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SAMJ: South African Medical Journal

On-line version ISSN 2078-5135
Print version ISSN 0256-9574

SAMJ, S. Afr. med. j. vol.110 n.3 Pretoria Mar. 2020 



'More dangerous than terrorism' - the media versus the facts



'Killer coronavirus is "the worst enemy you can ever imagine" and may pose a greater global threat than terrorism, World Health Organization warns.'[1] Thus speaks The Daily Mail, arguably not one of the most trusted sources of information, but read by millions daily, in print and online. Sadly, this headline is typical of media coverage of the latest coronavirus outbreak, with even the usually more rational Guardian joining in.[2]

Let's look at the facts. At the time of writing (12 February 2020), the latest World Health Organization (WHO) situation report[3] showed that, in the previous 24 hours, there were 43 103 confirmed cases globally, 2 560 of which were new. In China, there were 42 708 confirmed cases (2 484 of which were new), 7 333 severe cases (849 new) and 1 017 deaths (108 new). Elsewhere in the world there were 395 confirmed cases, with 76 newly reported, in 24 countries, with one death. This is an overall case fatality ratio within China of 2.4% and outside China of 0.25%. The case fatality rate in China is high. The WHO risk assessment is 'very high' for China and 'high' regionally and globally.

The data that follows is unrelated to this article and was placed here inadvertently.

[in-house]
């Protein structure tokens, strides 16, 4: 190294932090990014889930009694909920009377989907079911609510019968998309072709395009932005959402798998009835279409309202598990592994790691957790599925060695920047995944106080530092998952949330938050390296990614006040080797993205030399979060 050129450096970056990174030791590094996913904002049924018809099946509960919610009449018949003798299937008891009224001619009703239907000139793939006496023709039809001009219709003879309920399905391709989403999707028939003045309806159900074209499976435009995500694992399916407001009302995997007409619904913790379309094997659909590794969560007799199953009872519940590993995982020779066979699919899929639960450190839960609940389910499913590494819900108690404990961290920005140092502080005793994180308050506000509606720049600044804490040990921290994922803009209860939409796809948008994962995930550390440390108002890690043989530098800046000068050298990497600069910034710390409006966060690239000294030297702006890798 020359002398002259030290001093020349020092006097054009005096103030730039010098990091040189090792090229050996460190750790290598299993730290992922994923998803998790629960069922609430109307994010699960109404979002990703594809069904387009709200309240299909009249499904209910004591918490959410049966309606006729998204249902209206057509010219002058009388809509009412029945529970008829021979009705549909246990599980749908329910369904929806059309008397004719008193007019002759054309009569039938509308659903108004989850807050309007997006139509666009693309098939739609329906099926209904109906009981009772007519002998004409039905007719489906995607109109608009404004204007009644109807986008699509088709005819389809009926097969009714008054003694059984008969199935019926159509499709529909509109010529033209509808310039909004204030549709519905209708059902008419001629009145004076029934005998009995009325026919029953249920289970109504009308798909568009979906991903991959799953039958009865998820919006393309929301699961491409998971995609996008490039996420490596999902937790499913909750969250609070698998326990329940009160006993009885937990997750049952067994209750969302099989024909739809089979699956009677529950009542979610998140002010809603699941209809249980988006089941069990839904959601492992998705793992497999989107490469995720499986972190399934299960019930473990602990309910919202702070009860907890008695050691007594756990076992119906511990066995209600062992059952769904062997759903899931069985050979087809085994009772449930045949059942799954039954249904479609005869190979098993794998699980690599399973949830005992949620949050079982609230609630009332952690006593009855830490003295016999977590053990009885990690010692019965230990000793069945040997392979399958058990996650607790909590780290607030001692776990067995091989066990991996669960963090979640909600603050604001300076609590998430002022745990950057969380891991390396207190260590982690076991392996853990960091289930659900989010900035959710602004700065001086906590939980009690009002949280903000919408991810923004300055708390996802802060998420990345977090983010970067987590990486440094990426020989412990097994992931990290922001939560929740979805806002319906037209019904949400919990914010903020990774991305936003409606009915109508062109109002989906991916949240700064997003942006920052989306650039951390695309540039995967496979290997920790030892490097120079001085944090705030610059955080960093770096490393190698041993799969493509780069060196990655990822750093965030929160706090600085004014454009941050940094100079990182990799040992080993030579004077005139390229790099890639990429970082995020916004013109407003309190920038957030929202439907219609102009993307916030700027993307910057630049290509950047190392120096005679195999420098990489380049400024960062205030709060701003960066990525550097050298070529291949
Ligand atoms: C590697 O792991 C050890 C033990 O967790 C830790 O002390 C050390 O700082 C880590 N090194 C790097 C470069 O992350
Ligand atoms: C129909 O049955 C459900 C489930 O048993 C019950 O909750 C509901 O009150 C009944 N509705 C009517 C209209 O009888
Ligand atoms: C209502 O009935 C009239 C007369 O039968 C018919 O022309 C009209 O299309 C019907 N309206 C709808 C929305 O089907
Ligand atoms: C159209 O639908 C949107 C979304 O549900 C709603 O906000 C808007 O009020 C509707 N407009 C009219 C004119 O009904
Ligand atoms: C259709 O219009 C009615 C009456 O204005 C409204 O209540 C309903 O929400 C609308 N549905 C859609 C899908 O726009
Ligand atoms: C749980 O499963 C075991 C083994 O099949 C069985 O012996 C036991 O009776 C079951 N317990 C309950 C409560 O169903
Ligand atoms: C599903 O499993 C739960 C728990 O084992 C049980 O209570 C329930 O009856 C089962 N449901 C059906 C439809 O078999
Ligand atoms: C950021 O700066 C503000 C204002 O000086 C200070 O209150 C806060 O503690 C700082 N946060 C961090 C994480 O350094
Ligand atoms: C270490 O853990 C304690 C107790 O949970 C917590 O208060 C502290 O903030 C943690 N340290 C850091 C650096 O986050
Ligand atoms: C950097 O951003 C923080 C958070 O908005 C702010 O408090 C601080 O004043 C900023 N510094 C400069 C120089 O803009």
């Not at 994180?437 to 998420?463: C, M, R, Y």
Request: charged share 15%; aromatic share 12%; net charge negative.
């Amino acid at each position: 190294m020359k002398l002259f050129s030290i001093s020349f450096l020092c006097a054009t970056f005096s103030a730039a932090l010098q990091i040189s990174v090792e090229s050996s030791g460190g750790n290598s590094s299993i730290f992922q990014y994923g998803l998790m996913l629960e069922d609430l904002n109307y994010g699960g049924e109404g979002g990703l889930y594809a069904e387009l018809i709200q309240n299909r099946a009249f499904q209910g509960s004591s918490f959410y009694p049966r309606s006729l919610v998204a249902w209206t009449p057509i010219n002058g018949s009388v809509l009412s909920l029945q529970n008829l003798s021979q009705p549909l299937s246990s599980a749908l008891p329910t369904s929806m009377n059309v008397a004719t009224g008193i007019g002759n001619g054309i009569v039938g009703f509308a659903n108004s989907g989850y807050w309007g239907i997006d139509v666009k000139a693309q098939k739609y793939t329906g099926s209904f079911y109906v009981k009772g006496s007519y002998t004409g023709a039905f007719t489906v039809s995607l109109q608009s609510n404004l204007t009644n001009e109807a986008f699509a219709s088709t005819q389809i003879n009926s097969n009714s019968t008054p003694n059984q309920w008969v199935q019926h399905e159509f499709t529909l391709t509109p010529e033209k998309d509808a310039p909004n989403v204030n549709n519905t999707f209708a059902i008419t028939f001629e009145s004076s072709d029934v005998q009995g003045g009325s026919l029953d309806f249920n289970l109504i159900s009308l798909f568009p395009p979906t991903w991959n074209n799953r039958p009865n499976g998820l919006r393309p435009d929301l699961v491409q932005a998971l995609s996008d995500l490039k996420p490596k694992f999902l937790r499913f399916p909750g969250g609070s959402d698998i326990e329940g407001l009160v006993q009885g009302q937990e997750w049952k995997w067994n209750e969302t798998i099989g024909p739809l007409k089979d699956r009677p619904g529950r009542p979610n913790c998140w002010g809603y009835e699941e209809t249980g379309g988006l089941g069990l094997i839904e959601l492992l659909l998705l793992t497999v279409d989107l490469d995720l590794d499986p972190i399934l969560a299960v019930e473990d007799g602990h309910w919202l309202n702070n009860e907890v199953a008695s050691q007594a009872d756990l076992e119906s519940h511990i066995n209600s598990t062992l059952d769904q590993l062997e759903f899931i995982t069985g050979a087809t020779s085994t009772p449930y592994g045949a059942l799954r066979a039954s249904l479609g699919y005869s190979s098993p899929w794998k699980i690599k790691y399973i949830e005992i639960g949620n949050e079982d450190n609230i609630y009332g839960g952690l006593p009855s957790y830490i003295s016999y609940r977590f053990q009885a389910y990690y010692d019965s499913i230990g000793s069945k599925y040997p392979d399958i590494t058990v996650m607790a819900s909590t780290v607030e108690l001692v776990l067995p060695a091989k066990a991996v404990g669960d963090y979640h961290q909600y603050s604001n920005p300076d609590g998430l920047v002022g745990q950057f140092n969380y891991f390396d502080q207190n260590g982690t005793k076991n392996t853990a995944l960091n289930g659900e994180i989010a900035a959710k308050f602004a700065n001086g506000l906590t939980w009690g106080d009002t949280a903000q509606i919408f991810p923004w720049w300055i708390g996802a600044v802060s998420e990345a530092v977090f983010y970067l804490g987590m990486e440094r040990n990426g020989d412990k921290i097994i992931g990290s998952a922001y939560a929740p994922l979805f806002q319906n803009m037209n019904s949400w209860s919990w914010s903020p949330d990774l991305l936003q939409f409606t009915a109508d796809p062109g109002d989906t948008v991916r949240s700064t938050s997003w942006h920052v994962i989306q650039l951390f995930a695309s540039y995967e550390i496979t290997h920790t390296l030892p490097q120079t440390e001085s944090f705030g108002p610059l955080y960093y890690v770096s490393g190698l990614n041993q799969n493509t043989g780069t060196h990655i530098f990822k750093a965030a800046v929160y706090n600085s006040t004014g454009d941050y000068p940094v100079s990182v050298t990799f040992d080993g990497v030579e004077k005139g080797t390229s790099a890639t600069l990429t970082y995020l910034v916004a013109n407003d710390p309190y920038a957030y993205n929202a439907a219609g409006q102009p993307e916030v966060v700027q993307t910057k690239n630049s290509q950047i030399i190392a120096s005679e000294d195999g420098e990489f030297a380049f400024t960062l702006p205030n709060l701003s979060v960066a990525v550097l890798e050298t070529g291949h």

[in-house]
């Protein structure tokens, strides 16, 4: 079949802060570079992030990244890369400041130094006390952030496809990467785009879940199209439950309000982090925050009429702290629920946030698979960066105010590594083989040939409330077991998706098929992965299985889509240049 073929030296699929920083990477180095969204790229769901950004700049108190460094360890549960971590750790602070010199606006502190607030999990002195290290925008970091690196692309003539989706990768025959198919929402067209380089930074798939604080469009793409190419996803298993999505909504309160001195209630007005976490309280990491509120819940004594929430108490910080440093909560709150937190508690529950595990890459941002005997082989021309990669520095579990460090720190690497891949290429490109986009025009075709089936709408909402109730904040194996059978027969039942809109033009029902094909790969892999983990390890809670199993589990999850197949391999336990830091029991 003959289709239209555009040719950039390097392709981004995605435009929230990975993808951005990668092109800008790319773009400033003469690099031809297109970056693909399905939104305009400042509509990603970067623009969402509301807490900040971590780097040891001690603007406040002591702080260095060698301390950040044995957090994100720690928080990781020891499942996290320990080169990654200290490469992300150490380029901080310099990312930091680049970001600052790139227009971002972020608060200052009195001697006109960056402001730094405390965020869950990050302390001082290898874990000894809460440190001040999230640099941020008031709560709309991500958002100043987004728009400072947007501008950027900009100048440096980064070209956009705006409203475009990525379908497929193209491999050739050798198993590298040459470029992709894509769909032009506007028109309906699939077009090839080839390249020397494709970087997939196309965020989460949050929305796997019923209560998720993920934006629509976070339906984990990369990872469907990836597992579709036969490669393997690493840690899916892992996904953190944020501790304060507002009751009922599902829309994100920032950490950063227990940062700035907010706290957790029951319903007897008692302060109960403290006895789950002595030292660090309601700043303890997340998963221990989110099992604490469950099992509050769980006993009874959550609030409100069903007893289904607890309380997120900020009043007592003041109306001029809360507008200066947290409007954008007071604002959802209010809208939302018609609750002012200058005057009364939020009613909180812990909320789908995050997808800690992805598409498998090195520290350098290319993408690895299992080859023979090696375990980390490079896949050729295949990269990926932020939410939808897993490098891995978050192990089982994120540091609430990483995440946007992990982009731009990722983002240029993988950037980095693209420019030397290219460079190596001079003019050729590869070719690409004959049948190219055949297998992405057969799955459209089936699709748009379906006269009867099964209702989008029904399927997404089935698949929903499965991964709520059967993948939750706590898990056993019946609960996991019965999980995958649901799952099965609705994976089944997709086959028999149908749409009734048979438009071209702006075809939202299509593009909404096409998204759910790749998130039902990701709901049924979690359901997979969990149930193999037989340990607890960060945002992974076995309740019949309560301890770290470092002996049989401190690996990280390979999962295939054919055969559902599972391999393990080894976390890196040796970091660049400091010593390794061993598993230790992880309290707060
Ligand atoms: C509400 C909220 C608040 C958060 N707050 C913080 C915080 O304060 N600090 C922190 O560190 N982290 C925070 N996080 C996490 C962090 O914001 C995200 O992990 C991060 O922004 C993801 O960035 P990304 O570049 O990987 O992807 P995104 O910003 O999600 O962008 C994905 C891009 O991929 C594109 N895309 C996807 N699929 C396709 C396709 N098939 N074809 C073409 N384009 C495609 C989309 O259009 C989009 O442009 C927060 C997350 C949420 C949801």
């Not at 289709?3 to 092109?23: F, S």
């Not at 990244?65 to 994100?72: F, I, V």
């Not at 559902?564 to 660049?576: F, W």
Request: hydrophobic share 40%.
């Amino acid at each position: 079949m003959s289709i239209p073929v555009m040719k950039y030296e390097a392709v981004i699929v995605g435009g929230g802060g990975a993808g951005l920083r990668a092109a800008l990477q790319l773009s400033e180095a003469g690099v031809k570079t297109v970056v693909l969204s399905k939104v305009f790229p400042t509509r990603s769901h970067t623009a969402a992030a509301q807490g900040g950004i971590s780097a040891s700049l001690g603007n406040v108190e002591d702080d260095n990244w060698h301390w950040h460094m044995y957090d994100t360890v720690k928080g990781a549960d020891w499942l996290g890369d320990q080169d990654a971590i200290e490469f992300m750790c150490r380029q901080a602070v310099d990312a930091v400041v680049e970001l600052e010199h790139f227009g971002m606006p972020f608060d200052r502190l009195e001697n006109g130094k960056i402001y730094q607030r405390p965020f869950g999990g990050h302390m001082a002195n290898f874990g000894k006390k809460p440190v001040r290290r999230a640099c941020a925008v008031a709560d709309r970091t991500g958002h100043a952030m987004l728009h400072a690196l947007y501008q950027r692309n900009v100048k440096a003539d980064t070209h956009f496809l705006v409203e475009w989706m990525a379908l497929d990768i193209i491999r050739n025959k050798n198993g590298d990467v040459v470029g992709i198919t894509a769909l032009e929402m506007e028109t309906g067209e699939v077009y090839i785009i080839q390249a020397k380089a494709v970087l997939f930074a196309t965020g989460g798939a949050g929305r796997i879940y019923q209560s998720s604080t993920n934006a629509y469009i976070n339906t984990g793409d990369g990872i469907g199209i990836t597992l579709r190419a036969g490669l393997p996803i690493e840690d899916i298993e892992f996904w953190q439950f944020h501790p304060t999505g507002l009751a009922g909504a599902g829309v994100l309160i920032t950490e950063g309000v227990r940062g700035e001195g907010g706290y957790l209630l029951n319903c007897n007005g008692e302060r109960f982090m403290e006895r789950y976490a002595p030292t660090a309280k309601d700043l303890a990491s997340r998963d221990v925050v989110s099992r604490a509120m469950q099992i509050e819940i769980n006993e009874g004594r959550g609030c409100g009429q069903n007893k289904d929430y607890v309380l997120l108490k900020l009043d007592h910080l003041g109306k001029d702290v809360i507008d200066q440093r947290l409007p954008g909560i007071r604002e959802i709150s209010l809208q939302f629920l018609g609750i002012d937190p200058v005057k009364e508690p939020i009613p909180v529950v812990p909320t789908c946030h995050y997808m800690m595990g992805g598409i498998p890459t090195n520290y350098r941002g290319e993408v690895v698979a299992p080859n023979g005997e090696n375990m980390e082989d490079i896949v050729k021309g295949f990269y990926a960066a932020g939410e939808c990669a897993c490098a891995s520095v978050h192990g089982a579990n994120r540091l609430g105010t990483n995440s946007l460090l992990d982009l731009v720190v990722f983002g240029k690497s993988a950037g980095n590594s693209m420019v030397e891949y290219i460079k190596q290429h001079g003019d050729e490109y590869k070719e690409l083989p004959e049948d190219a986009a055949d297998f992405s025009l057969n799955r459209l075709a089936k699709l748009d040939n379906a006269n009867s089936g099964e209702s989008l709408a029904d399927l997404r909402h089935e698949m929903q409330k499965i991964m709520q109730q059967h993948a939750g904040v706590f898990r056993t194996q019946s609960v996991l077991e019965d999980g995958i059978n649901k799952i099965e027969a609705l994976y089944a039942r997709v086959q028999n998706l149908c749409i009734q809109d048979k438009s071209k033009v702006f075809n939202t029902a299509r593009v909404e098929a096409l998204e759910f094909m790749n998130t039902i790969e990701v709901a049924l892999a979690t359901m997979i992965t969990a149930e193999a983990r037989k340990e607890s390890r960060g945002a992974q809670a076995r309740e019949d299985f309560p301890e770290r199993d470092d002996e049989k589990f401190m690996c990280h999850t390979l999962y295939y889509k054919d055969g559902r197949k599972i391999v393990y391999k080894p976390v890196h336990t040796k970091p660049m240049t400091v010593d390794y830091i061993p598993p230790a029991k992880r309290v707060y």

As the epidemiologists at the WHO headquarters in Geneva, and in the country offices in China and the other affected countries, were compiling these data, public health experts from around the world were travelling to Geneva for a meeting. More shocking headlines appeared after Hong Kong's leading public health epidemiologist, Prof. Gabriel Leung, was widely quoted as saying that the coronavirus epidemic (not yet called a pandemic, note) could spread to about two-thirds of the world's population if it could not be controlled. '60% of the world's population is an awfully big number,' Leung said. This figure was based on the reproductive number of 2.5, meaning that each infected person would transmit to about 2.5 other people. This reproductive number is so far based on that seen in the quarantined cities in China, where people have been forbidden to leave and even though individuals are supposedly in isolation, proximity is likely to result in transmission among family members and other close contacts.

The WHO has declared the coronavirus outbreak in China a Public Health Emergency of International Concern (PHEIC), largely to allow them to put into place many of the statutory and normative functions that the organisation has in dealing with emergencies. Of course, this has been seen by the media and the public as a sign that this particular viral outbreak is particularly frightening. Importantly, the WHO has not recommended travel or trade bans - it seldom does when declaring a PHEIC. But of course this is how many countries have responded, ignoring public health science and responding to media hysteria and essentially closing their borders to anyone from mainland China. Travel bans to control the spread of disease have been tried since 1377 when Dubrovnik imposed a 40-day isolation period on ships suspected of carrying the black plague that tried to enter the city waters.[4] However, travel bans did not work for SARS in 2003 or for H5N1 avian flu in 2006 or for H1N1 swine flu in 2009 - and so on and so on. Indeed the WHO Director, Tedros Adhanom Ghebreyesus, drawing on both public health data and economics, said that travel restrictions cause more harm than good because they stop information sharing and medical supply chains, and harm economies.